A new distributor was found and new release date was set – and then the COVID-19 pandemic closed movie theaters, Furman said. It's only now through on-demand, specifically Amazon Prime, that audiences have a chance to see the film.

"I thought this was a story that had to be told," Furman said over the phone from his office in Los Angeles. The Friends Select School graduate admitted he ultimately wanted to humanize the two slain stars. They were famous and influential artists of their generation, and they were real men with families and loved ones who are still seeking justice.

Furman was adamant about working with the estates of both rappers to ensure the film's historical accuracy. Biggie's own mother, Voletta Wallace, appears in the movie as herself, reminding viewers that she's a lot like the much lesser known moms we see in the media, seeking answers about the death of their children who were victims of gun violence.

"I didn't want to make the movie without the support of the families," Furman said.

Wading through the endless conspiracies to get to the actual evidence of these unsolved homicides was one challenge of making "City of Lies." A bigger hurdle was understanding and recreating the charged climate that existed in Los Angeles 25 years ago.

Many people, including Furman, believe the LAPD was not interested in solving the murders, and the director's camera focuses on at least one LAPD officer who had a close relationship with Tupac's record producer Suge Knight. 

"The fact that this is a cold case today is insane," Furman said. He waded through case files and met with key players in this story, including the attorney who brought a civil case against the city of Los Angeles for its failure to reveal details about the Notorious B.I.G.'s slaying.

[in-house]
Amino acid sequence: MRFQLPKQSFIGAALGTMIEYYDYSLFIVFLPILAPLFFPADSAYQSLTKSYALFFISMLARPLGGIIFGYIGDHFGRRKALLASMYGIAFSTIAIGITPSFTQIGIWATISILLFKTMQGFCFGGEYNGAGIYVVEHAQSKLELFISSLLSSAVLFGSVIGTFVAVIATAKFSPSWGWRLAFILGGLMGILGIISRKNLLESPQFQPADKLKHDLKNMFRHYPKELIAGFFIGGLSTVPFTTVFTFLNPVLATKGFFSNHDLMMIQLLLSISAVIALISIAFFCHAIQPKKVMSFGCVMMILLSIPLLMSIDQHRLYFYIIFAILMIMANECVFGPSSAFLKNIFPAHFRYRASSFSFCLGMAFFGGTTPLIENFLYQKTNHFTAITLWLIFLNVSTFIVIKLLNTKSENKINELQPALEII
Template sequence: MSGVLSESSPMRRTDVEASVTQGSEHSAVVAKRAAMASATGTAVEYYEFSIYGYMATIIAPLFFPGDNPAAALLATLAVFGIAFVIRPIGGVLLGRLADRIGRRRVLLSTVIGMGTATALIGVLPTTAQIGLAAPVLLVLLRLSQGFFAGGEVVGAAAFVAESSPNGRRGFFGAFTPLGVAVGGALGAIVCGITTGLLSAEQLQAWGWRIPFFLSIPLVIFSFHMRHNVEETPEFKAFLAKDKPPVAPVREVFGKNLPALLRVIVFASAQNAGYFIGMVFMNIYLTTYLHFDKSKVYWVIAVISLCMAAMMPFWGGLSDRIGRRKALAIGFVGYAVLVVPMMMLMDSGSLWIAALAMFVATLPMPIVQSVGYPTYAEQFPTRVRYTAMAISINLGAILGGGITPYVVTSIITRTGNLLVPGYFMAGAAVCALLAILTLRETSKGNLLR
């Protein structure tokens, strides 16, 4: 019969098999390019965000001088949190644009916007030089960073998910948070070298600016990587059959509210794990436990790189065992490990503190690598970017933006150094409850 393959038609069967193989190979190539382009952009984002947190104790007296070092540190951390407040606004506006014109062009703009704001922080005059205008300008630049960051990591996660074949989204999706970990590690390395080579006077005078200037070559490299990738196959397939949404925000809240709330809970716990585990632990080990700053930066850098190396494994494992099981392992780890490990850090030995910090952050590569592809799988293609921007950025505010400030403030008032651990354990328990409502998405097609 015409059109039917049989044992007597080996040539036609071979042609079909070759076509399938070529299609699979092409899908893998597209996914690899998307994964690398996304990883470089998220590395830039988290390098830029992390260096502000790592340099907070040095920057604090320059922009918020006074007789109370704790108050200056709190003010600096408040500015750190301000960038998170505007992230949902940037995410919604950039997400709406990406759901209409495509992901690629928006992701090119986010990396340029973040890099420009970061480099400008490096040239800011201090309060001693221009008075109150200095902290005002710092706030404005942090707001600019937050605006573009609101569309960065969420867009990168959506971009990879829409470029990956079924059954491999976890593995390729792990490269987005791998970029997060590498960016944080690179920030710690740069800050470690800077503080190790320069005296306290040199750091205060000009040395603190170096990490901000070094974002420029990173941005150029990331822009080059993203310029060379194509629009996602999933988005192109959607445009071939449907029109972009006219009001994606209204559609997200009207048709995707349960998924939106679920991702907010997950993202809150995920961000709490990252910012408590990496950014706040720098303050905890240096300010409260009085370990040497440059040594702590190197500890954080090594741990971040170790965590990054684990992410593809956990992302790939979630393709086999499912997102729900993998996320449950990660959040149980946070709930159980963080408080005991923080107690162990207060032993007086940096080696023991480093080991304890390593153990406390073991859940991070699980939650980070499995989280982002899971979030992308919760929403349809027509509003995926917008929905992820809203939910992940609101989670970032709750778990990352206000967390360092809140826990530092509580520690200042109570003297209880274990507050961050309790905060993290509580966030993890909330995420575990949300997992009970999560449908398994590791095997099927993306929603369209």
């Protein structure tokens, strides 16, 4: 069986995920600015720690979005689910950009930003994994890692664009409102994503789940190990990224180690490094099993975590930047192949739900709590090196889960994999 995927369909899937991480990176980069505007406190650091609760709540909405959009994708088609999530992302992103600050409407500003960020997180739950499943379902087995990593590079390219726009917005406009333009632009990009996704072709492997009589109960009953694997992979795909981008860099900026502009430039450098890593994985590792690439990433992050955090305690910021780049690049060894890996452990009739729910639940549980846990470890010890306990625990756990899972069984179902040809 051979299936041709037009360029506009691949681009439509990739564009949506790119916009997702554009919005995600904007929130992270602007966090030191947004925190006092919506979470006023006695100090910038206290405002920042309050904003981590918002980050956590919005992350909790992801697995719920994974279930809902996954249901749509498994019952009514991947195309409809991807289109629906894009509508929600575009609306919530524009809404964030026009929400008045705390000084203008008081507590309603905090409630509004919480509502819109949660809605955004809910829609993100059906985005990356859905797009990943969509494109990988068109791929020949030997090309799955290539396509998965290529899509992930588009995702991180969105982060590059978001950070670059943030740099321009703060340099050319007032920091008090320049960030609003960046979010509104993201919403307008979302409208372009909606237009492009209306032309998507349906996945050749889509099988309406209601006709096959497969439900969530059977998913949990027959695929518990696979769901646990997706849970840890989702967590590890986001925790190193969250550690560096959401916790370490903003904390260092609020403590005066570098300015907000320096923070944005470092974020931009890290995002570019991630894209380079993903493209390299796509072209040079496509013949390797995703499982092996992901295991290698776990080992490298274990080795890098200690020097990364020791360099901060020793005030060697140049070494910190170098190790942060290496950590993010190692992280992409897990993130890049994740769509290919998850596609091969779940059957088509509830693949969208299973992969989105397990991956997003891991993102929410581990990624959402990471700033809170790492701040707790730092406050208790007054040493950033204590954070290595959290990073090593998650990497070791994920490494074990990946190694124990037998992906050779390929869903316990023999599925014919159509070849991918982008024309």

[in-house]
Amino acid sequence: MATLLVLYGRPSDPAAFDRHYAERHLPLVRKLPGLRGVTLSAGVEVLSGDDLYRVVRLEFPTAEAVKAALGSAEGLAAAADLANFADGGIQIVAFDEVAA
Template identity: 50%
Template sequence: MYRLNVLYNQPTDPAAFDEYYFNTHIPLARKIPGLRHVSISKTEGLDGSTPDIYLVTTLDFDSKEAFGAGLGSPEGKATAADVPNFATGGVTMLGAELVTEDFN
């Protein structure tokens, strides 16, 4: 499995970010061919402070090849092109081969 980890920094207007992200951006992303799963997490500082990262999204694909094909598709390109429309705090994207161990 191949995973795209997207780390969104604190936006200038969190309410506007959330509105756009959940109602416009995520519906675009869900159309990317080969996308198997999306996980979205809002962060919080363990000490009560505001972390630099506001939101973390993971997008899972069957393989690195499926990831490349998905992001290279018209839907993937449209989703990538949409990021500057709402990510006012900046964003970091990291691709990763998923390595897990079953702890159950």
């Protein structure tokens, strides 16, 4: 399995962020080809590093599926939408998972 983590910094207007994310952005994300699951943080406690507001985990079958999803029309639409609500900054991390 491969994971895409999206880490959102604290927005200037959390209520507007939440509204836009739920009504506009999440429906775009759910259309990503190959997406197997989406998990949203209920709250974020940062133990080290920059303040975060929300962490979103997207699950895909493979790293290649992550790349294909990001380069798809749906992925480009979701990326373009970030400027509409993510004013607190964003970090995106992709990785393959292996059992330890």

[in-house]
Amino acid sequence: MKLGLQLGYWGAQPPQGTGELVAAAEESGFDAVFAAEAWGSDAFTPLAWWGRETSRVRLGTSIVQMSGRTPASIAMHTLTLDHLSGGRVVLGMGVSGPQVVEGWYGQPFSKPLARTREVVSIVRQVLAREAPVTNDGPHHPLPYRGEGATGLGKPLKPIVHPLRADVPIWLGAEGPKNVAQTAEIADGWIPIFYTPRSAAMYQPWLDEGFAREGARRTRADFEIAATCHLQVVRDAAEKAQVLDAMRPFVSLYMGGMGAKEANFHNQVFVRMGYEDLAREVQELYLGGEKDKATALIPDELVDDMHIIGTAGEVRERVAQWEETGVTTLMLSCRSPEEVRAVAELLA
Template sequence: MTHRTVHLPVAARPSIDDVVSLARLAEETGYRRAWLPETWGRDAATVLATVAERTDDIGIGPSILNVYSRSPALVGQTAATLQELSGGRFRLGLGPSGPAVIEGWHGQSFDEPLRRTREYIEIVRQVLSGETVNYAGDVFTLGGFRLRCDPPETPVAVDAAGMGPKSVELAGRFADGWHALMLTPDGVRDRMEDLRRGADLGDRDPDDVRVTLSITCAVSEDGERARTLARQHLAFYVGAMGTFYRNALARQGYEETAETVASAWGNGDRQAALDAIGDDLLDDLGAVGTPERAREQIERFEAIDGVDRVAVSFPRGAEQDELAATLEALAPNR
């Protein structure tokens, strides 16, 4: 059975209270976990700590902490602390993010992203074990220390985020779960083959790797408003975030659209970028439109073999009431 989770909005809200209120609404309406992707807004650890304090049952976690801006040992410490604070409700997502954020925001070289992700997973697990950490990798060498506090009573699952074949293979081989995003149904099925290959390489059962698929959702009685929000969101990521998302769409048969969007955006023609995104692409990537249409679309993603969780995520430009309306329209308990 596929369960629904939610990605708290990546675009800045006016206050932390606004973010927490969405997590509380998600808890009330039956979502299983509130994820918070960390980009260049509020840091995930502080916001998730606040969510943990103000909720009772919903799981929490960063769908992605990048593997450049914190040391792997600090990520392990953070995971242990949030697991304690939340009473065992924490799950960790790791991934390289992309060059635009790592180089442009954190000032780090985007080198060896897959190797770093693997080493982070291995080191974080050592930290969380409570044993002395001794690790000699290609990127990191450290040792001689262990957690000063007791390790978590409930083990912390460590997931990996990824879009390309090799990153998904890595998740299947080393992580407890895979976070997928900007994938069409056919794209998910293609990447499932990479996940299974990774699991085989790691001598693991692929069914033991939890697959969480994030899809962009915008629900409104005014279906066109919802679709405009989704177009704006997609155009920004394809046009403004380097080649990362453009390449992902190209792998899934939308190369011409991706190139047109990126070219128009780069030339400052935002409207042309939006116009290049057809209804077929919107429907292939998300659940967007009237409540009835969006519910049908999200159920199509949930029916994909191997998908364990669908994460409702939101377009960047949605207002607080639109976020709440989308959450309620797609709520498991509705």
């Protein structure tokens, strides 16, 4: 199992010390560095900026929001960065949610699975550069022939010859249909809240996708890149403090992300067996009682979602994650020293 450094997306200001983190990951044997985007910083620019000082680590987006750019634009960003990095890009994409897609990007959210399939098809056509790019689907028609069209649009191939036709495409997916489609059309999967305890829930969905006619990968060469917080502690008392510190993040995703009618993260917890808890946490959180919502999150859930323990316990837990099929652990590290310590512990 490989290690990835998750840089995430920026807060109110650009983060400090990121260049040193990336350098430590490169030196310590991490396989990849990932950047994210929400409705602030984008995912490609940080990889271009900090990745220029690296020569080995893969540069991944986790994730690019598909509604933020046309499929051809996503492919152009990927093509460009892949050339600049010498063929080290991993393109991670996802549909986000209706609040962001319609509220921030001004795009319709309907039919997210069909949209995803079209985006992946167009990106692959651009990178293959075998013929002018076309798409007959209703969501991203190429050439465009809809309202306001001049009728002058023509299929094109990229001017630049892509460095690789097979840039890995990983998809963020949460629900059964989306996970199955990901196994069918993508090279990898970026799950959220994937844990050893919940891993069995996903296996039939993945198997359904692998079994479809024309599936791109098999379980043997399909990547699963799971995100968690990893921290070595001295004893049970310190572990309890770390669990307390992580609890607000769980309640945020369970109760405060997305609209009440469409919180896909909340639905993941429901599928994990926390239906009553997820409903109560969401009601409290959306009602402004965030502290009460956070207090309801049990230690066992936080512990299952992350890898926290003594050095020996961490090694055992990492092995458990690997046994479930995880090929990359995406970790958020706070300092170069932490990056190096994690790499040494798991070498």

The experience left Furman in disbelief over the sheer amount of corruption that pervades this story.

The director's research led him to files and depositions that hadn't seen the light of day for decades. Calling Biggie's shooting "an LAPD conspiracy," Furman said "City of Lies" spotlights many key questions and details "they don't want you to see," like a record producer who allegedly wanted revenge and a connection between the cops and the Los Angeles Bloods street gang.

Furman's prior work in the music industry and his interest in criminal justice in art also shape the film. His previous directorial credits include Justin Bieber's music video for "What Do You Mean?"; the documentary about B.B. King, Buddy Guy and Sam Lay called "Buried Alive in the Blues"; 2011's "The Lincoln Lawyer," in which Matthew McConaughey's character scuttles the line between right and wrong in search of justice; and the film "The Infiltrator," based on a script his mother wrote about the true story of a U.S. Customs official who went undercover in the Medellin drug cartel.

These experiences prepared him for taking on a case as big as Biggie and Tupac's deaths at a time when racial justice is very much at a reckoning point. The Black Lives Matter movement and the verdict in the Derek Chauvin trial give the cases in "City of Lies" a renewed currency, even so many years after the murders. This timeliness can be seen in the film's treatment of issues of race and policing, something that is really at the core of the story. "Fifty percent of murders of African Americans go unsolved," Furman said. "This is a failure of the institutions to protect and serve." 

The fact that the lives and deaths of the Notorious B.I.G. and Tupac still resonate among older and newer hip-hop fans is a testament to the power of their music, something not lost on Furman. It's clear that entertainment can create a landscape where new questions are safe to ask – even about the most controversial criminal cases.

The next project Furman would like to tackle is much less contentious, though no less fascinating to him as a Philly native who grew up playing basketball. It's the story of Pete Maravich, the basketball star born in Aliquippa, Pa., who is  one of the youngest players inducted into the Basketball Hall of Fame. 

"I take a lot of pride being from Philly," Furman said, "I think I will find my way back to make a movie."